The trio will dock the Soyuz spacecraft to the station's Rassvet module at 8:10 a.m. Friday, Dec. 21. NASA TV coverage of docking begins at 7:30 a.m. About three hours later, hatches will open between the Soyuz and the station. Marshburn, Romanenko and Hadfield will be greeted by Expedition 34 Commander Kevin Ford of NASA and flight engineers Oleg Novitskiy and Evgeny Tarelkin of Roscosmos, who have been living and working on the orbiting laboratory since late October. NASA TV's hatch opening coverage begins at 10:15 a.m. 

Marshburn, Romanenko and Hadfield will remain aboard the station until May 2013. Ford, Novitskiy and Tarelkin will return to Earth March 15, leaving Hadfield as the first Canadian commander of the space station. 

The full schedule of the Soyuz prelaunch, launch and docking coverage includes (all times Central): 

Friday, Dec. 14 
1 p.m. -- Video file of Expedition 34/35 crew activities in Baikonur, Kazakhstan 

Monday, Dec. 17 
11 a.m. -- Video file of Expedition 34/35 spacecraft encapsulation, rocket mating and rollout in Baikonur, Kazakhstan 

Tuesday, Dec. 18 
11 a.m. -- Video file of Expedition 34/35 Russian State Commission meeting and final pre-launch crew news conference in Baikonur, Kazakhstan 

Wednesday, Dec. 19 
5 a.m. -- Expedition 34/35 launch coverage (launch at 6:12 a.m.; includes video of the crew's pre-launch activities at 5:15 a.m.) 
9 a.m. -- Video file of Expedition 34/35 pre-launch, launch and post-launch interviews 

Friday Dec. 21 
7:30 a.m. -- Expedition 34/35 docking coverage (docking at 8:10 a.m.) followed by the post-docking news conference from Mission Control in Korolev, Russia 
10:15 a.m. -- Expedition 34/35 hatch opening and welcoming ceremony (hatch opening at 10:45 a.m.) 
1 p.m. -- Video file of Expedition 34/35 docking, hatch opening and welcoming 

For NASA TV streaming video, schedule and downlink information, visit: 

The Richard Engel Story. you might want to wait for the book

iThis was on twitter yesterday..NBC kept this under wraps for five days.  Here's the story.

Love this video..

Monday, 17 December 2012

Still no live webcast for thiis Dod flight

Friday, 14 December 2012

WALLOPS ISLAND, Va. - The launch of a Terrier-Lynx suborbital rocket for the Department of Defense tonight, Dec. 14, from NASA's launch range at the Wallops Flight Facility in Virginia has been postponed. 

The new launch date is 8 to 8:30 p.m. EST, December 18.

What are we as a country going to do about this..now not when the dust clears

Connecticut State Police said a gunman killed 26 people, including 20 children, at an elementary school in the city of Newtown. The gunman is also dead, as well as another victim elsewhere in Newtown.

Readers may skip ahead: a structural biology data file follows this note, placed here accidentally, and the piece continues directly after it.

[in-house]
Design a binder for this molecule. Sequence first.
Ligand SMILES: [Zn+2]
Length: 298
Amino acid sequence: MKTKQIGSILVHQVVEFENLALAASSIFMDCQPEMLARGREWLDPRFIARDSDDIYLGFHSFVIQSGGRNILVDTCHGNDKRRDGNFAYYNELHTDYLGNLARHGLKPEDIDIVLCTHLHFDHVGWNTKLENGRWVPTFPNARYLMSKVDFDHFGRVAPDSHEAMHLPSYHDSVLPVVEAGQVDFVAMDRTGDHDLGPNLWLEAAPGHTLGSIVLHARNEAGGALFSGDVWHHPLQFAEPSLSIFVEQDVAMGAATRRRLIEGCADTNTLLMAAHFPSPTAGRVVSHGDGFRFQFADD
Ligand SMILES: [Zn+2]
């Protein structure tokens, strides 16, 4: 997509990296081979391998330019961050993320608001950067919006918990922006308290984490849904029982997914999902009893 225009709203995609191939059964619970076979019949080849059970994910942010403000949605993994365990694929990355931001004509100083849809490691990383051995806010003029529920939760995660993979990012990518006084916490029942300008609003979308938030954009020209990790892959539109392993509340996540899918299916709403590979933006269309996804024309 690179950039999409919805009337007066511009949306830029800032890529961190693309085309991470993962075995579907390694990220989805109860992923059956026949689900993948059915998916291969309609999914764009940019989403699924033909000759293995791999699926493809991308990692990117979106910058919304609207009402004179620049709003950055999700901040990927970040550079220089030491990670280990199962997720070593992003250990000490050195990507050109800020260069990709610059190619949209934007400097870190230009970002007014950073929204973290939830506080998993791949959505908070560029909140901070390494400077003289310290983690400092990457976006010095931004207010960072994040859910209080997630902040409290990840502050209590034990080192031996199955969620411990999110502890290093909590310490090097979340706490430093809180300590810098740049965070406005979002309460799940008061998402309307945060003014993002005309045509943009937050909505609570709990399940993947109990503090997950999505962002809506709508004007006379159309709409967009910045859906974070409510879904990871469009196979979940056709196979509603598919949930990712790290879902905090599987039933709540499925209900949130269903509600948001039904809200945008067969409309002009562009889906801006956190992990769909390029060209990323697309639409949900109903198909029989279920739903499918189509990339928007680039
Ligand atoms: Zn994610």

"Our hearts are broken today," President Barack Obama said. He said the children killed were 5 to 10 years old. He said the nation had been "through this too many times" and has to "come together to take meaningful action, regardless of the politics."

Media did a good job of covering the story however they did not verify police sources who wrongly ID'd the gunman. They went with it and got it wrong.. Frank Reynold's speaks from the grave to get it right then nail it down.  Funny how you forget the basics...

NEWS / PROJECTS / PRINT: New mag for high schools

AN EAST London entrepreneur is hoping to making a name for himself in media circles with a new publication aimed at the youth called Student’s Rule Magazine.

The 44-page monthly magazine is targeted mainly at high school children and covers aspects of everyday life for pupils.

“The magazine covers issues such as teenage pregnancy to career guidance. We also look at things like drama festivals and matric dances,” said magazine editor Buhle Ntsebeza.

“Of course we also have opportunities for pupils to give us reason as to why they should be featured in the magazine. To date we have done quite a few features on pupils making their mark around the various schools.”

Ntsebeza and his team of four staff members have already produced three issues of the magazine since September which sells at R15 a copy. The team operates from the garage of Ntsebeza’s Amalinda home and prints 10000 copies of the magazine in Durban.

full article